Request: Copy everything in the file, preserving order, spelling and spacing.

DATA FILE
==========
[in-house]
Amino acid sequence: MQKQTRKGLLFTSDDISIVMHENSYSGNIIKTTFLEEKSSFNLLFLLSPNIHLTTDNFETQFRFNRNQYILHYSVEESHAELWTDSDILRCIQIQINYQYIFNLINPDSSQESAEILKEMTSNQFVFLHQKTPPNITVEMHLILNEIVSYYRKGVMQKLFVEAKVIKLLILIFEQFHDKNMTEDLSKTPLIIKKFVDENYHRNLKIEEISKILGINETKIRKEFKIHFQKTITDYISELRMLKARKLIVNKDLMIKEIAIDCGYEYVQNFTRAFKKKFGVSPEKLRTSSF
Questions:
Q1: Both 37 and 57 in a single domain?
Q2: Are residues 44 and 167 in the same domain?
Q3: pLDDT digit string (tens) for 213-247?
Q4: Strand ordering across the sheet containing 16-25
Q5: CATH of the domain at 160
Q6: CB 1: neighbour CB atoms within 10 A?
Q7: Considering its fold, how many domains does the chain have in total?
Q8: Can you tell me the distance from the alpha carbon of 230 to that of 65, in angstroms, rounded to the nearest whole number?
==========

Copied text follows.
[in-house]
Amino acid sequence: MQKQTRKGLLFTSDDISIVMHENSYSGNIIKTTFLEEKSSFNLLFLLSPNIHLTTDNFETQFRFNRNQYILHYSVEESHAELWTDSDILRCIQIQINYQYIFNLINPDSSQESAEILKEMTSNQFVFLHQKTPPNITVEMHLILNEIVSYYRKGVMQKLFVEAKVIKLLILIFEQFHDKNMTEDLSKTPLIIKKFVDENYHRNLKIEEISKILGINETKIRKEFKIHFQKTITDYISELRMLKARKLIVNKDLMIKEIAIDCGYEYVQNFTRAFKKKFGVSPEKLRTSSF
Questions:
Q1: Both 37 and 57 in a single domain?
Q2: Are residues 44 and 167 in the same domain?
Q3: pLDDT digit string (tens) for 213-247?
Q4: Strand ordering across the sheet containing 16-25
Q5: CATH of the domain at 160
Q6: CB 1: neighbour CB atoms within 10 A?
Q7: Considering its fold, how many domains does the chain have in total?
Q8: Can you tell me the distance from the alpha carbon of 230 to that of 65, in angstroms, rounded to the nearest whole number?